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U.S. Should Concede Defeat in the War on Drugs
Published on Tuesday, September 24, 2002 in the St Paul Pioneer Press
U.S. Should Concede Defeat in the War on Drugs
by Tom Brazaitis
 

One war at a time is enough, don't you think?

With President George W. Bush hell-bent on waging war against terrorism, isn't it about time he surrendered gracefully in the war on drugs? It isn't his war to begin with. President Nixon declared war on drugs 30 years ago. It proved useful politically in his landslide re-election over Democrat George McGovern, but it has been a losing battle ever since.

The federal budget for the war in 1972 was roughly $101 million. In that same year, the average monthly Social Security check was $177.

Now, the federal government is spending almost $20 billion a year on the drug war. To put the increase in context, if Social Security had grown at the same rate the average monthly check today would be more than $35,000.

And what are we getting for our money?

Foreign production of illegal drugs has increased, not decreased, despite billions spent on trying to cut off the flow at the source.

Despite more billions lavished on border security, customs officials admit they stop less than 20 percent of drugs coming into this country. Even if authorities could cut off the overseas supply, domestic suppliers would fill the gap.

The supply of drugs is so plentiful that today's marijuana, cocaine and heroin are of higher quality and selling for lower prices than ever.

As for demand, didn't Prohibition teach us that no amount of laws and policing can control what people consume privately?

Millions of young people in the United States have criminal records because they grew or used or simply possessed a prohibited drug. They got caught. The president wouldn't be president if he had been caught in his reckless youth. He'd be just another ex-con.

Now, the president's niece, the daughter of Florida Gov. Jeb Bush, faces the stigma of a criminal record. You'd think these personal encounters with the foolishness of treating drug use as a crime rather than a medical issue would have an impact on how the Bush brothers shape drug policy. But no.

The National Academy of Sciences concluded that the drug war has been a flop. But Bush never has paid much attention to science. Consider that he ignores the abundant scientific evidence on global warming.

A sign of just how far out of control the drug war has wandered came last week in Santa Cruz, Calif., where the mayor, a half-dozen city council members and three former mayors joined an estimated 1,000 citizens to defy the Drug Enforcement Administration by distributing cannabis products in the courtyard of City Hall.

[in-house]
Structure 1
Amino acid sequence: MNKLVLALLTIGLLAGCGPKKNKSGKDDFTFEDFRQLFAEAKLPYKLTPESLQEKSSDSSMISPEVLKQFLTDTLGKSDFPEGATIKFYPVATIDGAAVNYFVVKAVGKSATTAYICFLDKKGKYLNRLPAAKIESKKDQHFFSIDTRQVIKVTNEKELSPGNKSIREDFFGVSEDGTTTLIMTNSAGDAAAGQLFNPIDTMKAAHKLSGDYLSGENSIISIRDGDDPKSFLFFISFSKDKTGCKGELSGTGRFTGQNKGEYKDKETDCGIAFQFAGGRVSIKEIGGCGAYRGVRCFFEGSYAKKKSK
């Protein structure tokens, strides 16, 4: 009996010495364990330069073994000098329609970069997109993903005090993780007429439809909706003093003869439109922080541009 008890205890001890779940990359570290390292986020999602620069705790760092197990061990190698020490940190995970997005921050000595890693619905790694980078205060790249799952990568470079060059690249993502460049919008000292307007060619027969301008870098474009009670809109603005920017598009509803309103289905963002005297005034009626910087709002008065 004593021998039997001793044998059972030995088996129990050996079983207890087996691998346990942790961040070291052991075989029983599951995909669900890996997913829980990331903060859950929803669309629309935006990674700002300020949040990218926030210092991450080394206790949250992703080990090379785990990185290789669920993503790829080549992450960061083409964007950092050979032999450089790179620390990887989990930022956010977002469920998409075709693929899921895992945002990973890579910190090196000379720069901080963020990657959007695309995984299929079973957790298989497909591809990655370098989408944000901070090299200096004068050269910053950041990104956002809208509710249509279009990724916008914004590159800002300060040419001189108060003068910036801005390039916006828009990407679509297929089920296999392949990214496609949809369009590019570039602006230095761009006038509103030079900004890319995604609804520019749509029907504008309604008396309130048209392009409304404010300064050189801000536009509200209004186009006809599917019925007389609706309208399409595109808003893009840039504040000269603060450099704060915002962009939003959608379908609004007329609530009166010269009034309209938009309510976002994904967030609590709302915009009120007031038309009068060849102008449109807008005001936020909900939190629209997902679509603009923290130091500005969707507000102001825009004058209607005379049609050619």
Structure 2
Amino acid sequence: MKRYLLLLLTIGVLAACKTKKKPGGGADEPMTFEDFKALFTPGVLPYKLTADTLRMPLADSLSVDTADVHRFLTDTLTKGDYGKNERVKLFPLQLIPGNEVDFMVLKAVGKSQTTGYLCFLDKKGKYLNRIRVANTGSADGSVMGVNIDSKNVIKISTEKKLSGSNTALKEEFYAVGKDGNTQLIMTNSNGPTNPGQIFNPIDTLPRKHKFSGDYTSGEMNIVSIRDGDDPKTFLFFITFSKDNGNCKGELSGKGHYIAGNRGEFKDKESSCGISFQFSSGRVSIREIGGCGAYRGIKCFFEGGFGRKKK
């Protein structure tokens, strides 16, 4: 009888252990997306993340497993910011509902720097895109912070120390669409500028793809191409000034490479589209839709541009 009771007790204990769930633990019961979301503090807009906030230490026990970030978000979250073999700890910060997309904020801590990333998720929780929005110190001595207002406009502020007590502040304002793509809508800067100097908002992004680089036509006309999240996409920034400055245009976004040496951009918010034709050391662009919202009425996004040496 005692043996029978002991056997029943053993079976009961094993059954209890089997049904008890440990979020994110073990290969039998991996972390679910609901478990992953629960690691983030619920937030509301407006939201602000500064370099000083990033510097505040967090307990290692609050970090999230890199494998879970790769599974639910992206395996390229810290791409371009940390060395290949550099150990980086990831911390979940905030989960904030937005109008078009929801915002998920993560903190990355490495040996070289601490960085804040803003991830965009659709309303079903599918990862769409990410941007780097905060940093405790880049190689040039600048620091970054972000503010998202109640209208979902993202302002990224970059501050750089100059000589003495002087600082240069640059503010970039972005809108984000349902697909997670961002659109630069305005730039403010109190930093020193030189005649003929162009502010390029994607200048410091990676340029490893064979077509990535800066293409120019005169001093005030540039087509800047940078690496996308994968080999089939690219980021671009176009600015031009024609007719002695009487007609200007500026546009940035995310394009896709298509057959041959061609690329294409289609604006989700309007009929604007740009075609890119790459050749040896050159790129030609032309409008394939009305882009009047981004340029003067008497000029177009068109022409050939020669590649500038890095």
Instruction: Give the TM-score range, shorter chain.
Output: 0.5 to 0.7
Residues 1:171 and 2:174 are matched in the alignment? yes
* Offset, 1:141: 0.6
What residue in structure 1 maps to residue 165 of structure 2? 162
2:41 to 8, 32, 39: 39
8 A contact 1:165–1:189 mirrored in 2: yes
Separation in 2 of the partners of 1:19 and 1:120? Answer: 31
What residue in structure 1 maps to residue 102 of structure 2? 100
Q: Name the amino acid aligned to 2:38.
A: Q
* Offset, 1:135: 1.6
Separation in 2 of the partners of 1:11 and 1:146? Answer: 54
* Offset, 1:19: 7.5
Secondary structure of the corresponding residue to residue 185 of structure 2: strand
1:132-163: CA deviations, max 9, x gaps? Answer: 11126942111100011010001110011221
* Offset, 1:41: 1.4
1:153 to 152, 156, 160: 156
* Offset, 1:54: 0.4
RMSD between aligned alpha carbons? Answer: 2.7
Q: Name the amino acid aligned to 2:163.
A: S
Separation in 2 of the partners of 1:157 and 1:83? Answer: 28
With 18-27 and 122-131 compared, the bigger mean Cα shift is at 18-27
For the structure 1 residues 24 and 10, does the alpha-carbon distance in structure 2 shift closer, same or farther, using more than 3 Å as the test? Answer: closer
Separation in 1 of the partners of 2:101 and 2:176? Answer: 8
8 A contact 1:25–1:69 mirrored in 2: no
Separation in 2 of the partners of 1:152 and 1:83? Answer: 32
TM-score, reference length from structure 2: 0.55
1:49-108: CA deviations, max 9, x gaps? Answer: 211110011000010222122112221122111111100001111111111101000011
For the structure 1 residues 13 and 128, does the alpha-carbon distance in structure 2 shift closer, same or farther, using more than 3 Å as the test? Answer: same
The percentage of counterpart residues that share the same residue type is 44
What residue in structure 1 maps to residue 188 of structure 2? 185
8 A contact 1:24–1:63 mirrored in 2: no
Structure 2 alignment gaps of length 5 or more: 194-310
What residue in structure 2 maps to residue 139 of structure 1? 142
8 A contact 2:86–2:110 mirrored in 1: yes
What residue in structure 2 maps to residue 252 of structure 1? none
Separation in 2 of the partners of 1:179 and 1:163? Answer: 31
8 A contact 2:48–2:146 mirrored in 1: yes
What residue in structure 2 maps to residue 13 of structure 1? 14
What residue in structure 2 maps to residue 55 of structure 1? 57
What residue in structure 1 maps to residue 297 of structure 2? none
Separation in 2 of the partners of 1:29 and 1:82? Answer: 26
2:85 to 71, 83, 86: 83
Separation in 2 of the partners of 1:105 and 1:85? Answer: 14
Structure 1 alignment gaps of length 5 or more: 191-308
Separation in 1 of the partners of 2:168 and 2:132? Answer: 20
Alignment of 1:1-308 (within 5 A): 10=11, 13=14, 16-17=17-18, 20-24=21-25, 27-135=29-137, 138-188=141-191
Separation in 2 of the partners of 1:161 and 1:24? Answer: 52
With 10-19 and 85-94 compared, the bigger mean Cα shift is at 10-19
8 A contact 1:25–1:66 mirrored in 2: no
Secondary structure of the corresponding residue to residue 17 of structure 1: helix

California voters have twice voted to make marijuana legal for use in alleviating the symptoms of serious illnesses. Again, the National Academy of Sciences supports the idea that marijuana works to lessen nausea and other side effects in cancer patients and others.

The open display of defiance by Santa Cruz officials came two weeks after the DEA raided the Wo/Men's Alliance for Medical Marijuana, destroyed the group's 2002 marijuana crop and arrested the operators.

I happened to be in California last week, 75 miles from where the insurrection occurred, and I spoke with Joe McNamara, a former police chief who has campaigned against the drug war since retiring from active police duty.

McNamara, who served with the New York City Police Department and as police chief in Kansas City, Mo., and San Jose, Calif., now is a research fellow at the Hoover Institution at Stanford University, where he writes and lectures on the damage caused by criminalizing drugs.

The drug war has been far more harmful to America than the drugs themselves ever were or could be, McNamara says. In fact, he says, the political leadership's obsession with combating drugs may have been a factor in our vulnerability to terrorists on Sept. 11. "In budget requests made four months prior to the Sept. 11 attacks, the FBI asked for only eight additional agents to combat terrorism — a meager increase that follows the agency's paltry 2 percent manpower growth over the past two years," McNamara wrote in the Winter 2001 edition of the trade journal Regulation.

"The Drug Enforcement Agency, on the other hand, has enjoyed a 26 percent increase in personnel. It is worth pondering whether the Sept. 11 attacks would have occurred if Congress had increased FBI anti-terrorism resources by 26 percent instead of DEA resources."

Isn't it about time we pursued an honorable peace in this dishonorable war?

Brazaitis is a senior editor in the Washington bureau of the Cleveland Plain Dealer. Distributed by Newhouse News Service.

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